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Essays & articles

Poet Laureate: Louise Glück and the Public Face of a Private Artist

By Andrew Johnston
The New York Times
November 4, 2003

Anyone hearing Louise Glück's reaction when the Library of Congress recently named her as the poet laureate might be forgiven for thinking she was the last person to become America's official poet. "I have very little taste for public life in the way that they understand it," she told The Boston Globe. "I didn't think I was the sort of person they'd ever look at."

But you are chosen to be laureate not because of what sort of person you are but because of what sort of poet you are. Never mind that she shuns the limelight, and will probably continue to do so. Ms. Glück is an inspired choice because she excels in doing the kind of thing that only lyric poetry can do, which is among the most intimate, nonpublic things words can do: mimic the peculiar music of thought itself. Her appointment sheds interesting light on a private art's public existence.

Some of Ms. Glück's predecessors made almost evangelical efforts to whip up public enthusiasm for poetry. Robert Hass (1995-1997) started the "Poet's Choice" column in The Washington Post. Robert Pinsky (1997-2000) began the Favorite Poem Project. Billy Collins, who handed the laureateship to Glück on Oct. 21, started a Web site aimed at encouraging the daily reading of poems in high schools.

There's nothing wrong with trying to bolster an art form's public profile, but these campaigns had an air of artificial resuscitation about them that seemed only to confirm poetry's marginal status in America as something largely confined to academia, or greeting cards, or undergraduate courtship rituals. They favored poems easily digested and easily forgotten, poems that seemed to feel obliged to thank you for your time by sending you away with a warm little glow.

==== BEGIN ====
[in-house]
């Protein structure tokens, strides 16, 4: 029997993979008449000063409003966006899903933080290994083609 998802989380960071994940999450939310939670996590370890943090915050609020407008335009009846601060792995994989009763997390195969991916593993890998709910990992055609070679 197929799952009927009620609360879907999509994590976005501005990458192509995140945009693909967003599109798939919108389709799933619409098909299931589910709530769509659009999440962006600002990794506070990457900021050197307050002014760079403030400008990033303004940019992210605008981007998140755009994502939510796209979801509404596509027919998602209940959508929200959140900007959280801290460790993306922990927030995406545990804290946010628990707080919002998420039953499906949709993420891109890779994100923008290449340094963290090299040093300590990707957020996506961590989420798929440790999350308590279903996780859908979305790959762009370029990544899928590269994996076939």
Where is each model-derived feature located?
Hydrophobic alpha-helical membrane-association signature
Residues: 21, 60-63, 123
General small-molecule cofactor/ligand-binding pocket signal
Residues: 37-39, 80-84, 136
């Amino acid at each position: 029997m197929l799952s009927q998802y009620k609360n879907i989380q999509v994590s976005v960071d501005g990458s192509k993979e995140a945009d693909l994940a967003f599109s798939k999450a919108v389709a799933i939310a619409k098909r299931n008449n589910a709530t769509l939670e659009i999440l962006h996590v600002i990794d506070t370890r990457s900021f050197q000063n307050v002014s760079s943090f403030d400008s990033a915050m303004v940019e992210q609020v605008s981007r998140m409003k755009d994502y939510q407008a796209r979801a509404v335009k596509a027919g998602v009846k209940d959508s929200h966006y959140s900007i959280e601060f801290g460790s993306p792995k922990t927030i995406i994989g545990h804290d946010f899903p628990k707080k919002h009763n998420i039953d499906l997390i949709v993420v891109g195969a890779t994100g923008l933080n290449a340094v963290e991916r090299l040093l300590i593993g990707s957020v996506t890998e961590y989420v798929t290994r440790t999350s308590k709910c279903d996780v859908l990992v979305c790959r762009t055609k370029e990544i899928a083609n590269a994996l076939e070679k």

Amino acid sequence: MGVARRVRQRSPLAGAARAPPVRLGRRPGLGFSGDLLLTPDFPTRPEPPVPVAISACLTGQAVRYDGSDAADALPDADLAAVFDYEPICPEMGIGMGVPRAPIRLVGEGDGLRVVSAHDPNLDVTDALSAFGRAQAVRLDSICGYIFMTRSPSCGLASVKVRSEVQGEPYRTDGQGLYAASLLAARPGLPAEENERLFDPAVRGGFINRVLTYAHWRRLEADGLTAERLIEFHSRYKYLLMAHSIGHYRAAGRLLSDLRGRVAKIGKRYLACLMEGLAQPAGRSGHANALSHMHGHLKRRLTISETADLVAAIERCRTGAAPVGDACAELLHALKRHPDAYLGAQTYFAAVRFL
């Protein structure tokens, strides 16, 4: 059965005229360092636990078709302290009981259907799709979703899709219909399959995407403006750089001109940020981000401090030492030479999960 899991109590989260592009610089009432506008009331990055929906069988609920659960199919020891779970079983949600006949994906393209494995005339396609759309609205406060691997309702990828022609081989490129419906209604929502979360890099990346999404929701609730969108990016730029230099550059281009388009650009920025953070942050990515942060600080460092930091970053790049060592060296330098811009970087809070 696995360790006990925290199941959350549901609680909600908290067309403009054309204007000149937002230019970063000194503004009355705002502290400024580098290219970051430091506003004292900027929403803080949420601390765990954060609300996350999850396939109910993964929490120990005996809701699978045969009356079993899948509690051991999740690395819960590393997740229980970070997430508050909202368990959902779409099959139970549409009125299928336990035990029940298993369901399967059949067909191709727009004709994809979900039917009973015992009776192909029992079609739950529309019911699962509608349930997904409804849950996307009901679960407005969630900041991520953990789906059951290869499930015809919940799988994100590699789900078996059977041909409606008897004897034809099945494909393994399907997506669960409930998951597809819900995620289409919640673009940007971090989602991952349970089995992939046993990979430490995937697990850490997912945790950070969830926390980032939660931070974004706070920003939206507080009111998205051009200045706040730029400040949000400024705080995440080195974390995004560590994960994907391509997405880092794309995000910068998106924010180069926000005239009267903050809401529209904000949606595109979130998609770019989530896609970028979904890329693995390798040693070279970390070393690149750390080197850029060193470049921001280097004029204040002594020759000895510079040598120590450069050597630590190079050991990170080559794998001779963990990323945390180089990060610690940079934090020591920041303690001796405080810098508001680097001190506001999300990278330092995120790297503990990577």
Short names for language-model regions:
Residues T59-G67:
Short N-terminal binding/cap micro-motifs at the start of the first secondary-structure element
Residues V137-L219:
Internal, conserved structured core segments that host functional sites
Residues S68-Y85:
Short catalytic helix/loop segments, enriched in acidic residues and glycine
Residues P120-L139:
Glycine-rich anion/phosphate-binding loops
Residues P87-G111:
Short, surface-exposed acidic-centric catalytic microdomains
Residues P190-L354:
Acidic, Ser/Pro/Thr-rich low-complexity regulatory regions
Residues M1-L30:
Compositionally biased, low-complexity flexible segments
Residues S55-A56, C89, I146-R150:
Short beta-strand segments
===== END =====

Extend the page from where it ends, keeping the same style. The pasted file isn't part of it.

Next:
Ms. Glück, on the other hand, writes startling, ironic poems in a stark, unadorned voice. I once heard her read her collection "Meadowlands" (1996) right through and realized that her characterization of "The Best American Poetry 1993," which she edited, could have been a description of her own work: "The voice that rises from the page is weirdly restless: seductive, demanding, embittered, witty."

A slightly wraithlike, black-clad figure, Ms. Glück held a theater in thrall with expert comic timing. Many of her contemporaries cultivate a studied, precious sincerity; with Ms. Glück, one gets the sense that to believe in your own sincerity may be the worst form of self-delusion. Her poems send you out into the world a little colder but wide awake, with that voice of hers ringing in your head.

Voice, with Ms. Glück, is everything. "The poem will not survive on content but through voice," she wrote. "By voice I mean the style of thought, for which a style of speech never convincingly substitutes."

Ms. Glück's poems survive, as she has survived, through an unflinching analysis of her own life, not in order to wallow in self-pity but to strive after a kind of intensely self-critical honesty. They owe more than a little to the psychoanalysis she began after being diagnosed with anorexia when she was at college: her poems examine the stories we repeat to ourselves in order to imagine an escape from them.

In her early books Ms. Glück's voice was chillingly oracular, the poems full of unforgettable symbols. Their culmination was "The Wild Iris" (1992), a strange and wonderful book in which the radical search for self is narrated by a curious collection of onlookers -- flowers, mostly, but also the sunset, the wind and various kinds of twilight. The book, still Ms. Glück's best, earned her a Pulitzer Prize.

Since then, Ms. Glück has turned away from symbol to a more laconic kind of self-questioning. "Meadowlands" alternates retold episodes from the Odyssey with bitter and funny exchanges from a disintegrating marriage: "I hate that you refuse/ to have people at the house. Flaubert/ had more friends and Flaubert/ was a recluse."

In her most recent book, "The Seven Ages" (2001), Ms. Glück writes: "We respect, here in America,/ what is concrete, visible. We ask/ What is it for? What does it lead to?" Poetry, in this utilitarian, unpoetic age, is marginal because in most respects it is marvelously useless and because it is unmarketable (if there were a stock market for poetry it would have to be a futures market). But Ms. Glück knows that poetry is useful in a vital way. If you don't know yourself, her poems imply, how can you begin to imagine what other people need?

She is likely to honor the laureateship in the best way possible: by going on writing poetry.

© The New York Times / International Herald Tribune